Land Mollusk Fauna of Montana: Biogeography, Conservation Status and Prospects


  • Paul Hendricks Presented at the Montana Chapter of The Wildlife Society, 48th Annual Meeting, Biologists without Borders: Cross Boundary Wildlife Management, February 22-26, 2010, Helena, Montana.


Approximately 78 species of land snails and slugs have been reported for Montana, contrasting to 93 for British Columbia, 85 for Idaho, and 43 for Wyoming. Non-natives comprise 14 percent (4 snails, 7 slugs) of the total for Montana, 29 percent (13 snails, 14 slugs) for British Columbia, 19 percent (5 snails, 11 slugs) for Idaho, and 7 percent (2 snails, 1 slug) for Wyoming. Total native species for Montana, British Columbia and Idaho are nearly equal (67, 66, and 69, respectively), but only 40 for Wyoming, reflecting an overall drier and harsher climate. For Montana, 24 species (16 snails, 8 slugs) occur only west of the Continental Divide; the land snail fauna east of the Divide is 43 species, equal to the Wyoming total. Reflecting further the significance of western Montana for mollusk biodiversity, with its moister and more moderate climate, 15 of 24 exclusively western species (7 snails, 8 slugs) are Montana Animal Species of Concern, 5 of which (Discus brunsoni, Oreohelix alpina, O. amariradix, O. carinifera, O. elrodi) are Montana endemic snails. Land snails require cool and humid environments during their active season, microhabitats most prevalent in mature and old growth forests, riparian corridors, and around springs, but also present in large stable talus slopes. Many of these habitats are vulnerable to a variety of human-caused and natural disturbances. Some western Rocky Mountain populations are currently considered conspecific with Pacific Northwest coastal populations; genetic analyses are needed to determine if these are sister species, similar to results obtained for several amphibian taxa.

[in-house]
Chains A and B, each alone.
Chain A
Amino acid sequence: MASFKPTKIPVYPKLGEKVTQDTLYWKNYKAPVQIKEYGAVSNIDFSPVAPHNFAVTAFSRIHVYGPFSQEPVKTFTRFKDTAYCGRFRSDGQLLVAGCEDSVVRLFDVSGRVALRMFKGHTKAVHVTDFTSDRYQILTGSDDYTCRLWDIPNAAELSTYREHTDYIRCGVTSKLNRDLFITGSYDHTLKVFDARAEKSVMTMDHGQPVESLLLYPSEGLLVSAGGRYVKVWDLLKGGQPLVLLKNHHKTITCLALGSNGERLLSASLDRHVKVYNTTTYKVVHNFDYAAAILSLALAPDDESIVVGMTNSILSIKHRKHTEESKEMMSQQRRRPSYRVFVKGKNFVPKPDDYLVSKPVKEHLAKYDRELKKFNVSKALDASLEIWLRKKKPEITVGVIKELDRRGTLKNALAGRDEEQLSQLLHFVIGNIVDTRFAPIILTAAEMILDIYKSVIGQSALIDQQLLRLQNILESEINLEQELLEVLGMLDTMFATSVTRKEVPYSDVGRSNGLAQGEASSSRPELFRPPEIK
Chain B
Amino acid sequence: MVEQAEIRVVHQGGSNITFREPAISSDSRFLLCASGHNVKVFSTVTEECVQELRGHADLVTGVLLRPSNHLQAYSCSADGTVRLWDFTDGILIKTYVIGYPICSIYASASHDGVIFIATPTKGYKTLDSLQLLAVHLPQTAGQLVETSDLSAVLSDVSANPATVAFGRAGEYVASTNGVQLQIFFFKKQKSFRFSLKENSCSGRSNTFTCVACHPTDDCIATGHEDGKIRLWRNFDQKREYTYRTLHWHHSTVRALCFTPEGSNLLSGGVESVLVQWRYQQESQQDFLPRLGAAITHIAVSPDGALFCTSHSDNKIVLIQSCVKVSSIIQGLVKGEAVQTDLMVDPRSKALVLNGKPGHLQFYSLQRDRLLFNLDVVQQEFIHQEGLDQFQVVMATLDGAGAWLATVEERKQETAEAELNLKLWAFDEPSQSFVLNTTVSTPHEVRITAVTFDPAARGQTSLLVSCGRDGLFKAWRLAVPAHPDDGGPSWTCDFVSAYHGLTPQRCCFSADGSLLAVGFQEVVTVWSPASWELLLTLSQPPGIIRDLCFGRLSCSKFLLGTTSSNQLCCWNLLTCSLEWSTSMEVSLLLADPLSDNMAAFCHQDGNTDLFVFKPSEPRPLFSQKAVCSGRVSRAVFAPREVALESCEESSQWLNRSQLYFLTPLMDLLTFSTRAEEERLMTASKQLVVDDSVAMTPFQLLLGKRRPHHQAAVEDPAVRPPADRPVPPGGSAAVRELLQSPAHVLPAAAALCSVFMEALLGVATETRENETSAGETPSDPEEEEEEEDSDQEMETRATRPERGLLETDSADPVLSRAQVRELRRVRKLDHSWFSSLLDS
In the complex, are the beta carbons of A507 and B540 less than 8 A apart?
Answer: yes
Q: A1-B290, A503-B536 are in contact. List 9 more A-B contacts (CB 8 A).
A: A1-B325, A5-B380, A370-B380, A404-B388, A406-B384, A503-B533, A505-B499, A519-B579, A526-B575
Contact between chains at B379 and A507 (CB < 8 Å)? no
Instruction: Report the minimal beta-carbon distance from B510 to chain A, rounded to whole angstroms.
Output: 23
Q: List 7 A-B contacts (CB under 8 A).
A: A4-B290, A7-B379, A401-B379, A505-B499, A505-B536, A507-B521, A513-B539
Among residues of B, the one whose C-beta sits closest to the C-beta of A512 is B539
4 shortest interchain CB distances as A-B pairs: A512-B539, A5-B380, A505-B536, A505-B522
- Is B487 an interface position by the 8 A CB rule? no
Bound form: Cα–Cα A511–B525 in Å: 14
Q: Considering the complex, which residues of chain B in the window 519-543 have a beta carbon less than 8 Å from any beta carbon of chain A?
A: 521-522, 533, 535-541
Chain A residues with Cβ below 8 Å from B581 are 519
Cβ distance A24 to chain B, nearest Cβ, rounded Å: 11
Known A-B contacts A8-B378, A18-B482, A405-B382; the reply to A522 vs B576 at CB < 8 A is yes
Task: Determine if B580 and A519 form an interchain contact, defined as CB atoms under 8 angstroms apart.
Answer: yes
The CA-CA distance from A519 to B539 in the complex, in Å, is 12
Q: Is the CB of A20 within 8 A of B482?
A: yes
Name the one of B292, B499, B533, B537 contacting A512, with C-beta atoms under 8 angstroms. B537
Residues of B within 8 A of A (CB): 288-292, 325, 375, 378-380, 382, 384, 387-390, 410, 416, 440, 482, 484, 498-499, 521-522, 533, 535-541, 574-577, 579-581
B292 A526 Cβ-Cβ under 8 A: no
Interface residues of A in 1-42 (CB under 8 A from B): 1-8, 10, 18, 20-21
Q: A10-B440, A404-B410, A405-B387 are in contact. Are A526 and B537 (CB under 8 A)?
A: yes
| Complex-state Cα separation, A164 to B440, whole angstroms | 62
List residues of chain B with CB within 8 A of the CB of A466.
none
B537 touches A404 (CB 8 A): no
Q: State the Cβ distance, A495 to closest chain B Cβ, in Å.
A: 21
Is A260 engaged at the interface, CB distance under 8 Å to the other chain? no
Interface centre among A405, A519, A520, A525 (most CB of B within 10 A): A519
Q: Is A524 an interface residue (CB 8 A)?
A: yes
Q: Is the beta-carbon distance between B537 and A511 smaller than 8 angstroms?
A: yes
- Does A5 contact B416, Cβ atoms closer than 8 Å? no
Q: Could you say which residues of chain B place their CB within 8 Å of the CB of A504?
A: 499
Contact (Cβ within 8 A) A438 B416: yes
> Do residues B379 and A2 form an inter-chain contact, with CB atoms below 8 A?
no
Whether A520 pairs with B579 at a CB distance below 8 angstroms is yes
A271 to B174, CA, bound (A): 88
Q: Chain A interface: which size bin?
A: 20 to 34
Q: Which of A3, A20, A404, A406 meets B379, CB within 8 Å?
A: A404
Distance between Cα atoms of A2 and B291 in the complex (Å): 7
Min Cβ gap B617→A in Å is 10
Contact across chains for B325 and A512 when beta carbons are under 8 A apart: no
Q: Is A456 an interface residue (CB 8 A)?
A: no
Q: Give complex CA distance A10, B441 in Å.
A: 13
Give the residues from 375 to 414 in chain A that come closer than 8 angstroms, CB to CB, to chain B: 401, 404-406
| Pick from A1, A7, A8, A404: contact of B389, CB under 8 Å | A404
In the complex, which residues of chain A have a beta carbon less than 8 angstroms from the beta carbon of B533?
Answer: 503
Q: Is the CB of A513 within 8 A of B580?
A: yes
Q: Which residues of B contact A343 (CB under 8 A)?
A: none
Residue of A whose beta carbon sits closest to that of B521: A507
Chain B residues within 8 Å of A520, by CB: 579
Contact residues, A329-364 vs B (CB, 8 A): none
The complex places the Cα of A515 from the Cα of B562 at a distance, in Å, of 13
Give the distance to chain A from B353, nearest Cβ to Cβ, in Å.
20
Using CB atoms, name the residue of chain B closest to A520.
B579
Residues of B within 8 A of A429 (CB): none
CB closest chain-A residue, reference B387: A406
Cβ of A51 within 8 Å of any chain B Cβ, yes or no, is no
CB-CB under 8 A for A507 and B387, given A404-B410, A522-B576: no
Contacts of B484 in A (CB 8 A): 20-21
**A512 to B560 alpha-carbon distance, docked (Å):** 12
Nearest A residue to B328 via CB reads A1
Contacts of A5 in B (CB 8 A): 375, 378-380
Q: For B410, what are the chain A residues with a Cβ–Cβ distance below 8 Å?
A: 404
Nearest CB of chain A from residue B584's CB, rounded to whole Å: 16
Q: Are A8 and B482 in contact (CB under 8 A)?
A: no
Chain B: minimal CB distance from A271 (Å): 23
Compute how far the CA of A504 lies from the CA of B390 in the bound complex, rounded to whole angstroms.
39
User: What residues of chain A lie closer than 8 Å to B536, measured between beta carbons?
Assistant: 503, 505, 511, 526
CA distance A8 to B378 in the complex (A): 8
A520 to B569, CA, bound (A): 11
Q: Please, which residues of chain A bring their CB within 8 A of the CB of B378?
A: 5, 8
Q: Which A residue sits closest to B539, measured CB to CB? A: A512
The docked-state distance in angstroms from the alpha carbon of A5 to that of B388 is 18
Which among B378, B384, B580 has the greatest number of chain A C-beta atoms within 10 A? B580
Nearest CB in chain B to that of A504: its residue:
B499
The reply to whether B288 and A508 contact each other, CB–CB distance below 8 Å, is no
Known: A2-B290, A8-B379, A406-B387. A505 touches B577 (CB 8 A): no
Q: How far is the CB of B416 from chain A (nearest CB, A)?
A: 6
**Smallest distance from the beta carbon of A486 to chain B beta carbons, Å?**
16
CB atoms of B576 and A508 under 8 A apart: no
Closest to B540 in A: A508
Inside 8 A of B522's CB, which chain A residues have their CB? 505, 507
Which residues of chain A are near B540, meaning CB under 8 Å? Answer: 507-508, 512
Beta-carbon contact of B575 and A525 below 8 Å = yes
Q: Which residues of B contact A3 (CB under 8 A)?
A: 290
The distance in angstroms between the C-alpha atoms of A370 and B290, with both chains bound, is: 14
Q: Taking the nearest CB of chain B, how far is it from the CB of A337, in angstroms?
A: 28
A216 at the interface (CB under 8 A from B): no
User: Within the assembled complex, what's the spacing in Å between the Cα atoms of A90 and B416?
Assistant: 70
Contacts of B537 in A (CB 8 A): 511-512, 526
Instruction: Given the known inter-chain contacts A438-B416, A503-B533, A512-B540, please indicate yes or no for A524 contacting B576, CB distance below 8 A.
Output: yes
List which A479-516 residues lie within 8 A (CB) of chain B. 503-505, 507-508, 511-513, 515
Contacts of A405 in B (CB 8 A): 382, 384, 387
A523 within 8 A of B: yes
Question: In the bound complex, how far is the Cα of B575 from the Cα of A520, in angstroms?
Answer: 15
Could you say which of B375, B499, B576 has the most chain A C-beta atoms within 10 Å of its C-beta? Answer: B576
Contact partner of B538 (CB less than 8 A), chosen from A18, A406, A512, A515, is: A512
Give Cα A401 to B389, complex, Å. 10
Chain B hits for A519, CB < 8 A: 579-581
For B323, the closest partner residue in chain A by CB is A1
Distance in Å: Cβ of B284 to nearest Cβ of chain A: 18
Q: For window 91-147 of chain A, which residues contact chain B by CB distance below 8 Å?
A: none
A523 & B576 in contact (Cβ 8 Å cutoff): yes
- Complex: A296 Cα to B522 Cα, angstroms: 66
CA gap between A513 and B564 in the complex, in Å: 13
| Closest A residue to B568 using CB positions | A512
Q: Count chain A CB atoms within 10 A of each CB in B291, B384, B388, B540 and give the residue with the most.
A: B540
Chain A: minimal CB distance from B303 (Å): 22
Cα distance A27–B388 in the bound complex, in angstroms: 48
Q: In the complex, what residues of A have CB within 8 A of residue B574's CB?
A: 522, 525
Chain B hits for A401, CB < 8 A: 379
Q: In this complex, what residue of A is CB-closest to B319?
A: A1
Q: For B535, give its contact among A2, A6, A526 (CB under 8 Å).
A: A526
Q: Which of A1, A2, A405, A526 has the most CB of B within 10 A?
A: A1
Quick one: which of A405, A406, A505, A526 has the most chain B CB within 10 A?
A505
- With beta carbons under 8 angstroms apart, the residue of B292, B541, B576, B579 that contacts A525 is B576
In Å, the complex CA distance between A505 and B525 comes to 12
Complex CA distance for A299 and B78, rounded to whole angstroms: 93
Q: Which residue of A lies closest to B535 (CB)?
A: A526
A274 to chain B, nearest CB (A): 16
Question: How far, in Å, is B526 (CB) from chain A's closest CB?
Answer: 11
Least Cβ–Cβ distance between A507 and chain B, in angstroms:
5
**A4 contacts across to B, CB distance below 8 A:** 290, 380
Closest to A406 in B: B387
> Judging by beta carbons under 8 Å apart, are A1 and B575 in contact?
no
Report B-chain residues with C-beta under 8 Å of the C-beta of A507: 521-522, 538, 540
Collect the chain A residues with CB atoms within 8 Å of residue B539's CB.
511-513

Montana Chapter of The Wildlife Society [Abstracts]